Collecting and Curating Popular Music Histories

Award Holder

Dr Marion Leonard


Higher Education Institute

University of Liverpool


Despite being a prominent aspect of social and cultural history, museums have not traditionally collected popular music materials. However, in recent years there has been an increased interest within this sector in collecting and displaying material which tells popular music histories. Around the world different museums and galleries have offered exhibitions focused upon popular music venues, artefacts, artists and contexts. A number of dedicated visitor experiences have also been established which focus wholly on popular music.

There is a need to review the ways in which the history of popular music culture in all its forms is being preserved for the future. Focussing on UK museums this project will investigate and compare how museums value, preserve and interpret popular music heritage. It will explore the ways in which museums work with other custodians of popular music and consider the implications of the fact that much of this material currently resides in private ownership.

Museums are key sites for learning about history and are public institutions through which narratives about history are disseminated to the public. The project will look at the possibilities opened up by museums in dealing with the subject of popular music. Through interviews with museum curators and the development of case studies it will explore how museums can further develop ways to interpret and transmit music histories. It will consider how museums can tell these histories in new and exciting ways which go beyond the written form by working with sounds, images and material culture.

The outcomes of this research will be of interest to academics, museum professionals, archivists, collectors and the wider public. The project will enable the sharing of information and ideas about the representation of popular music histories. Through work with different museums and their collections it will identify examples of current practice and offer a theorisation of particular issues related to the collection and interpretation of popular music. The research findings will be shared through public events, conferences, communication with practitioners and written outputs. The project aims to develop understanding of the value, importance and uses of popular music materials and so inform museum practice and the future development of collection policies.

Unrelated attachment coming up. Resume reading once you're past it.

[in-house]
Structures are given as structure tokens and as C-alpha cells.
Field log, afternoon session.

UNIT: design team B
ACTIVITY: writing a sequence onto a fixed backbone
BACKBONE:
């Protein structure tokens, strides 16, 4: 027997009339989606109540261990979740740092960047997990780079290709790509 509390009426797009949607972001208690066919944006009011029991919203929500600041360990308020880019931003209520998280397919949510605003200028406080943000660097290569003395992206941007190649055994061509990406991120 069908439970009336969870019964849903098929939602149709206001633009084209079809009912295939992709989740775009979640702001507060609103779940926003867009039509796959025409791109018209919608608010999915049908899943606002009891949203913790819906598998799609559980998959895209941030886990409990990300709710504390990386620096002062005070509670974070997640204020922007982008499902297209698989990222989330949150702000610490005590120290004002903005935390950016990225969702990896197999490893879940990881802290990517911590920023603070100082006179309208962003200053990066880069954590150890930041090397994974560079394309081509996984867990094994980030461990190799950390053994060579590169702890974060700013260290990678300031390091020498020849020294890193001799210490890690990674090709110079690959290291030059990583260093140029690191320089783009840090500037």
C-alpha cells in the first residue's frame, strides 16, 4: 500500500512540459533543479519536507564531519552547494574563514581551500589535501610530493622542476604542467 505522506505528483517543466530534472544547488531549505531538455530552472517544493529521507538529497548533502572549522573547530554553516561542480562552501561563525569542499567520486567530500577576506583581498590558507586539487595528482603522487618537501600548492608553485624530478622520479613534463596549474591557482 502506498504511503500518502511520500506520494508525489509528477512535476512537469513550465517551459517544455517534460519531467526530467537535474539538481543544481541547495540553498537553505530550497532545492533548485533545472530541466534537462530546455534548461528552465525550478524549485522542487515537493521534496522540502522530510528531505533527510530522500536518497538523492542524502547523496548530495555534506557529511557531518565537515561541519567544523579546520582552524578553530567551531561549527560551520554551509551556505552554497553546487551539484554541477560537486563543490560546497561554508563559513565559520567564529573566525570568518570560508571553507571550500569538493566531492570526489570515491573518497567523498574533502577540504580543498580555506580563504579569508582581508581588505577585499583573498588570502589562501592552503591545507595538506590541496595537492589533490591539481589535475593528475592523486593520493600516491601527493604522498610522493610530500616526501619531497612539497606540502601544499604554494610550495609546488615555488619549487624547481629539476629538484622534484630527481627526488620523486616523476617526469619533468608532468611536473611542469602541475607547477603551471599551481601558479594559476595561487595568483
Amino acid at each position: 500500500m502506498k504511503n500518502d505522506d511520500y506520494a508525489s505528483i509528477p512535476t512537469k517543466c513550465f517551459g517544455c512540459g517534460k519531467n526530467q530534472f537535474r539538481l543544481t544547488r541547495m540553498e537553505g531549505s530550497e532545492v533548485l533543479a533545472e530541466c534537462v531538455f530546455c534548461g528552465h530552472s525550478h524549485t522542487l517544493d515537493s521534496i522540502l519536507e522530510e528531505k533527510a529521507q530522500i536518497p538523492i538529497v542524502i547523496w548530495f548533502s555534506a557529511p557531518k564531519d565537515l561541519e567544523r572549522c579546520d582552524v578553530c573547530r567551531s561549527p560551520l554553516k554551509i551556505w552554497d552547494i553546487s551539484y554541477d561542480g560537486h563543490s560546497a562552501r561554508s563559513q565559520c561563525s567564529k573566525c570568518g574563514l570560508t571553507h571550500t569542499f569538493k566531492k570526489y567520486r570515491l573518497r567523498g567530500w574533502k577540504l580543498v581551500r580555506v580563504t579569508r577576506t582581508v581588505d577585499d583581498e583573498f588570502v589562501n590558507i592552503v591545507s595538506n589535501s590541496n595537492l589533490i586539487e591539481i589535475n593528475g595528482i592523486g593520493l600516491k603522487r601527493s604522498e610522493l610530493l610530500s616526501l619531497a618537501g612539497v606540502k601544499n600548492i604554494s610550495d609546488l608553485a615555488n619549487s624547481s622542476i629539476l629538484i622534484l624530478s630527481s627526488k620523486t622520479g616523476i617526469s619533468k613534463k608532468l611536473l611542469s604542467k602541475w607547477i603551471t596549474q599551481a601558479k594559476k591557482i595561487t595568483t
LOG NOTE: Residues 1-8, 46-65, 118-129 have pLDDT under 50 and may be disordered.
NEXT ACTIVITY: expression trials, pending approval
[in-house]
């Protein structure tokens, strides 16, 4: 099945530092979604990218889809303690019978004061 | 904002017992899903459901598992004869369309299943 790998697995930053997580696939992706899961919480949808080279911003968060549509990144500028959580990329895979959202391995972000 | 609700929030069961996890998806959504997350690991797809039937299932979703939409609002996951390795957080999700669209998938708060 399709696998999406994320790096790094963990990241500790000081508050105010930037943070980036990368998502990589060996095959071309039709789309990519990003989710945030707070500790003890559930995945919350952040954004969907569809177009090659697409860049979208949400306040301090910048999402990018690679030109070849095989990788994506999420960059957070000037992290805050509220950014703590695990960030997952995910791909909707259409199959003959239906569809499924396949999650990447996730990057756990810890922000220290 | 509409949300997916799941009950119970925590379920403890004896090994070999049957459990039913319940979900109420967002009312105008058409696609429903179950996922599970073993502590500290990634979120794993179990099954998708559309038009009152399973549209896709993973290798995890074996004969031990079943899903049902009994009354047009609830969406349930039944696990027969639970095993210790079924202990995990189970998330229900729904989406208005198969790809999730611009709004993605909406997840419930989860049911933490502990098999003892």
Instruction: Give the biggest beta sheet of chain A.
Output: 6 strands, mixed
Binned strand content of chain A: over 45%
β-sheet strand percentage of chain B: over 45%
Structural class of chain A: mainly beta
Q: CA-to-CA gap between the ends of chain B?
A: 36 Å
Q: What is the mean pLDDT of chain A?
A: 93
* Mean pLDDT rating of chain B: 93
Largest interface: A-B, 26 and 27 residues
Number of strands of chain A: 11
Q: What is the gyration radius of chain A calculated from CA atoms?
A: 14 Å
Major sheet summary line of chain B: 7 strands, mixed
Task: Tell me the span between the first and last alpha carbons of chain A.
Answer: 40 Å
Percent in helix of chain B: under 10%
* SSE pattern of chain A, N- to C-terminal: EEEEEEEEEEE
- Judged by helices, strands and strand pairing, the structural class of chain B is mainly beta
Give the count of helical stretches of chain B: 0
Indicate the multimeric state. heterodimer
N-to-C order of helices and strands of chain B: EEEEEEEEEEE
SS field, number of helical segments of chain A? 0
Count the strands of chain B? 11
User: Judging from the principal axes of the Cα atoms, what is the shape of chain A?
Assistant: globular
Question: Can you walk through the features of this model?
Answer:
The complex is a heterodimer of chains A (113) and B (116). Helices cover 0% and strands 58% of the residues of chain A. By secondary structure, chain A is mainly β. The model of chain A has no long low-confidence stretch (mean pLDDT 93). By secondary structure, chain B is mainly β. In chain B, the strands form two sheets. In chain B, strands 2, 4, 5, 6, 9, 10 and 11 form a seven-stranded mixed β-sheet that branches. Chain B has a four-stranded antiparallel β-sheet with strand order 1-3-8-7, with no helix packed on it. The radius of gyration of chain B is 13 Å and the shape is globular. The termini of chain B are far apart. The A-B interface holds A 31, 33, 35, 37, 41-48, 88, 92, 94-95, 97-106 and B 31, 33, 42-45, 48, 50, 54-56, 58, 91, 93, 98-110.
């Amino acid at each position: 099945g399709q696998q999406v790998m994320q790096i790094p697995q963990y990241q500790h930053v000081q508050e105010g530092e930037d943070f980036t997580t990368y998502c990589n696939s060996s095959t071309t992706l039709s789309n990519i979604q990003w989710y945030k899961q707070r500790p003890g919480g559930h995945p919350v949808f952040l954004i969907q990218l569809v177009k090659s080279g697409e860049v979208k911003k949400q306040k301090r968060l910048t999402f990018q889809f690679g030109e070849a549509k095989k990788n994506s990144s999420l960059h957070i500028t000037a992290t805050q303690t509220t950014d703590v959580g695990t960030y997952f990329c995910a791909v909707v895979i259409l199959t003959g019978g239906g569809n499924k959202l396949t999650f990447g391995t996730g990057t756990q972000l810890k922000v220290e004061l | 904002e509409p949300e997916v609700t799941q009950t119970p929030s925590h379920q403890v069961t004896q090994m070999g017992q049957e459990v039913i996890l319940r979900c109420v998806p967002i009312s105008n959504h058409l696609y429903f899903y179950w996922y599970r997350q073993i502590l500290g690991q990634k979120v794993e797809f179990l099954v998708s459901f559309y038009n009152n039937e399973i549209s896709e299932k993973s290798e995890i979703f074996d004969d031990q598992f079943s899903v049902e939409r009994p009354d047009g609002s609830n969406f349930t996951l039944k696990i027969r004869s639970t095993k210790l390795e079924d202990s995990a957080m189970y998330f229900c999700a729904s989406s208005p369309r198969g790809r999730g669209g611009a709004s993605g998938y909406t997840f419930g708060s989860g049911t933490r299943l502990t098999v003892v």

Arts & Humanities Research Council: Each year the AHRC provides approximately £100 million from the Government to support research and postgraduate study in the arts and humanities, from archaeology and English literature to design and dance. In any one year, the AHRC makes approximately 700 research awards and around 1,000 postgraduate awards. Awards are made after a rigorous peer review process, to ensure that only applications of the highest quality are funded. Arts and humanities researchers constitute nearly a quarter of all research-active staff in the higher education sector. The quality and range of research supported by this investment of public funds not only provides social and cultural benefits but also contributes to the economic success of the UK. See Arts & Humanities Research Council website.